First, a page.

There's an area of the internet that isn’t normally visible to everyday users and isn't readily accessible using conventional methods of search. This hidden layer, commonly known as the dark web, is just as ominous as its branding suggests, and can only be reached using a virtual private network (VPN) or a specific web browser such as The Onion Router (Tor).
Although there are a number of ordinary services on the dark web that rely on the additional anonymity and privacy that the dark web provides, there are many others that use this for nefarious purposes. The dark web has become synonymous with illegal activity, a place where criminal marketplaces can operate without fear of interception by law enforcement agencies. As such, services that would otherwise be classed as illegal on the internet, such as the sale of drugs, weapons, and hacked personal data, or managed services that specialise in ransomware, are able to thrive.
How does the dark web work?
This element of the internet is also part of the deep web, which is known as parts of the internet that aren’t indexed by search engines for many different reasons – ranging from supporting online banking mechanisms to protecting criminal activity. Considering this, these portions of the internet can only be accessed through using a direct URL or specific IP address.
Given the link between the two, the terms 'dark web' and 'deep web' are often used interchangeably, although they refer to distinct concepts. The deep web, broadly speaking, covers every non-indexed portion of the internet, including those areas that are entirely legal, such as government databases and academic research.
The dark web, however, uses an overlay network that is positioned above the internet’s logical foundations but is formed of deliberately hidden platforms that heavily utilise encryption to stay hidden, and are difficult to find without specialist software.
These networks are either small friend-to-friend takes on peer-to-peer networks or larger private networks operated by public organisations or privacy-motivated individuals, with the idea of running websites out of sight of the authorities and ISPs.
How do I access the dark web?
If you really want to access some of the murkier parts of the web, you'll need a specialist browser. The most common dark web-accessing software is Tor, which not only encrypts a user's traffic but also passes their machine's IP address through a layer of Tor nodes referred to as 'onion layers'.
These layers are proxy servers operated by thousands of volunteers across the globe and make identifying a user's IP address and tracking them across the dark web pretty much impossible.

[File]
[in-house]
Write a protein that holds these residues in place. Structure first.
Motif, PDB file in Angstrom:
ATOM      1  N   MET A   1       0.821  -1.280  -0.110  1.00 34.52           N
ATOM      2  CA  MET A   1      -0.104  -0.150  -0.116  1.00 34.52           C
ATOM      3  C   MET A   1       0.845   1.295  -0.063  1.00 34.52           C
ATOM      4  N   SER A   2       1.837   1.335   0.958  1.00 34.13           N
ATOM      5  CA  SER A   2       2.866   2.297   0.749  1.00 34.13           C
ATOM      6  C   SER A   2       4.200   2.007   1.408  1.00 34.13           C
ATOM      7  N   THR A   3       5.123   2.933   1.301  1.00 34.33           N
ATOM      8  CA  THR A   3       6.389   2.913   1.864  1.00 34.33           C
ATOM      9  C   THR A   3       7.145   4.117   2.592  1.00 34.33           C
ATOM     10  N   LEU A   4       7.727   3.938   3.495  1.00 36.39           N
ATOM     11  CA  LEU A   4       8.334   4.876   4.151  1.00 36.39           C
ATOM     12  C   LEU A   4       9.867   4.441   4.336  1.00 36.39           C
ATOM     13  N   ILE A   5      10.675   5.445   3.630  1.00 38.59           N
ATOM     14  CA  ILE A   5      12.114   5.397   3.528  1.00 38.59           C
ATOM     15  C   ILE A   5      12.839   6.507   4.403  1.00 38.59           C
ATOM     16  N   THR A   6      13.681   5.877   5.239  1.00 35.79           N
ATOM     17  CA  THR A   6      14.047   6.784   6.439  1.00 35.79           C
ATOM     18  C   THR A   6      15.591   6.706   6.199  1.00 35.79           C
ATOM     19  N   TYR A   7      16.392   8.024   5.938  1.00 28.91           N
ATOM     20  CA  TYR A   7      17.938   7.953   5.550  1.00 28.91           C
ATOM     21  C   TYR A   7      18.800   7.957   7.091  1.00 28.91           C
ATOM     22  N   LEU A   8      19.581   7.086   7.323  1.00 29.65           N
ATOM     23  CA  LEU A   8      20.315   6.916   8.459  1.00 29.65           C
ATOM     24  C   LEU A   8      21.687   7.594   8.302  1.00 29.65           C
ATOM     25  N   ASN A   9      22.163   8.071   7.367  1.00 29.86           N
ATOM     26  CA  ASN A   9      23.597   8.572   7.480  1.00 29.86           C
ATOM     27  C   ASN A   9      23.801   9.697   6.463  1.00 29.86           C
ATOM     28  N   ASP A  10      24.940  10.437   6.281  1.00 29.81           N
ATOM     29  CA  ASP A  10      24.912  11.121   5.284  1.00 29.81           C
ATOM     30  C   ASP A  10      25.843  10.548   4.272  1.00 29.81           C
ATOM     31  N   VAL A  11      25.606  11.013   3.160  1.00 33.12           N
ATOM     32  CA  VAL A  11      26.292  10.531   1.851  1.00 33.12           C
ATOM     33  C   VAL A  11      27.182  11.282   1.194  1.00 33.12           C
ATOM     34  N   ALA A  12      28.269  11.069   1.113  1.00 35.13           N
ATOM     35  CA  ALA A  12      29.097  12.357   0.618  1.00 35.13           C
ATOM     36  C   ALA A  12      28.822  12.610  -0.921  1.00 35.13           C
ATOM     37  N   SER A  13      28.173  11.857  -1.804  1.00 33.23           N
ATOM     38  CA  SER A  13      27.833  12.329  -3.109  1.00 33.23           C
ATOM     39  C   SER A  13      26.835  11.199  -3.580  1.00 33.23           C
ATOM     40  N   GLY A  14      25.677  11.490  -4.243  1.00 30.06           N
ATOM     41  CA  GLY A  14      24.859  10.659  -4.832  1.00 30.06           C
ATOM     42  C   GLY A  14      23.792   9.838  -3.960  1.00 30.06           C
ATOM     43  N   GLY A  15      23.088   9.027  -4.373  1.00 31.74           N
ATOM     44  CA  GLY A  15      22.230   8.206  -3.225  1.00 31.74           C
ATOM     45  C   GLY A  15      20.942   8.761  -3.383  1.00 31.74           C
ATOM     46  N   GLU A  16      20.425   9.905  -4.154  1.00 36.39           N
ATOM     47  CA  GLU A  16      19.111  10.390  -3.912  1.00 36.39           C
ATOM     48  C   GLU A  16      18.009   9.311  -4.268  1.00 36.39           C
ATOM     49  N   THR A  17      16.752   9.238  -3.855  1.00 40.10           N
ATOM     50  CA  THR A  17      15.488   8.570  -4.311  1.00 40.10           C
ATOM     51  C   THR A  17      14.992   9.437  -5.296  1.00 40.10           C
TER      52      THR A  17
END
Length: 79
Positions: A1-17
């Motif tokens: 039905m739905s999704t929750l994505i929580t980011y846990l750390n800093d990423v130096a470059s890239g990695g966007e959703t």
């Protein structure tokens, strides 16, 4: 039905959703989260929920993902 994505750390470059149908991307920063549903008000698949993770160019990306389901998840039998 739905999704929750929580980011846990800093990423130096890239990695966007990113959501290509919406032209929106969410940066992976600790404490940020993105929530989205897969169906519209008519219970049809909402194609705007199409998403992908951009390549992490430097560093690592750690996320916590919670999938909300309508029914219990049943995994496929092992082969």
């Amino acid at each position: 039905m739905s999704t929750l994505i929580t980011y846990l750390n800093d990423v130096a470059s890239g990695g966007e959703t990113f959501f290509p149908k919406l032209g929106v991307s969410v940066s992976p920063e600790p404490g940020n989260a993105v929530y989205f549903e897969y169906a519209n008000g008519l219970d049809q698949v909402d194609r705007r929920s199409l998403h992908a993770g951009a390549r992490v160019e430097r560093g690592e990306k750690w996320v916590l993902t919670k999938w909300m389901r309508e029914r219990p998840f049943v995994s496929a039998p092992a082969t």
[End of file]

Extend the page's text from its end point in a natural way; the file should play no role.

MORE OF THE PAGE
Such routing means using Tor isn't exactly a speedy way to surf websites, and you'll need to know the site you want to go to rather than search for it, but it's secure and opens up a host of sites that would normally be hidden from view.
Alternative networks such as the 12P and Freenet also exist, but Tor is the most widely used.
What's on dark web sites?
Pretty much anything their operators want. As the dark web is out of sight from law enforcement and ISPs, a lot of illegal activity goes on there, from buying guns and drugs to facilitating terror plots or ordering assassinations.
The dark web is essentially the murky underbelly of the web, but it also provides a place where whistleblowers can more securely talk to journalists without being snooped on by oppressive regimes or corrupt organisations.
It can also be a font of hard-to-find information not posted on mainstream websites or can act as a way for legitimate sites to offer their services with an extra degree of privacy. Facebook, for example, offers a dark web portal to its social network.
Is the dark web a haven for cyber criminals?
Not entirely. It can and does serve a purpose when it comes to helping whistleblowers remain safe and anonymous online. And hidden IP addresses make it more difficult for malware to sneak off sites and infect computers, although there are plenty of services that mask and hide IP addresses on the normal web.
But the dark web does facilitate the activities of hackers and cyber crooks, can be rife with scammers and is full of illegal content that can be easily accessed.
So if you're going to browse its collection of sites, do so with caution if you wish to remain on the right side of the law. Surfing the dark web is certainly not something you should be doing at work or in a public place full of people happy to sneak a peek at your screen.
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Carly Page is a freelance technology journalist, editor and copywriter specialising in cyber security, B2B, and consumer technology. She has more than a decade of experience in the industry and has written for a range of publications including Forbes, IT Pro, the Metro, TechRadar, TechCrunch, TES, and WIRED, as well as offering copywriting and consultancy services.
Prior to entering the weird and wonderful world of freelance journalism, Carly served as editor of tech tabloid The INQUIRER from 2012 and 2019. She is also a graduate of the University of Lincoln, where she earned a degree in journalism.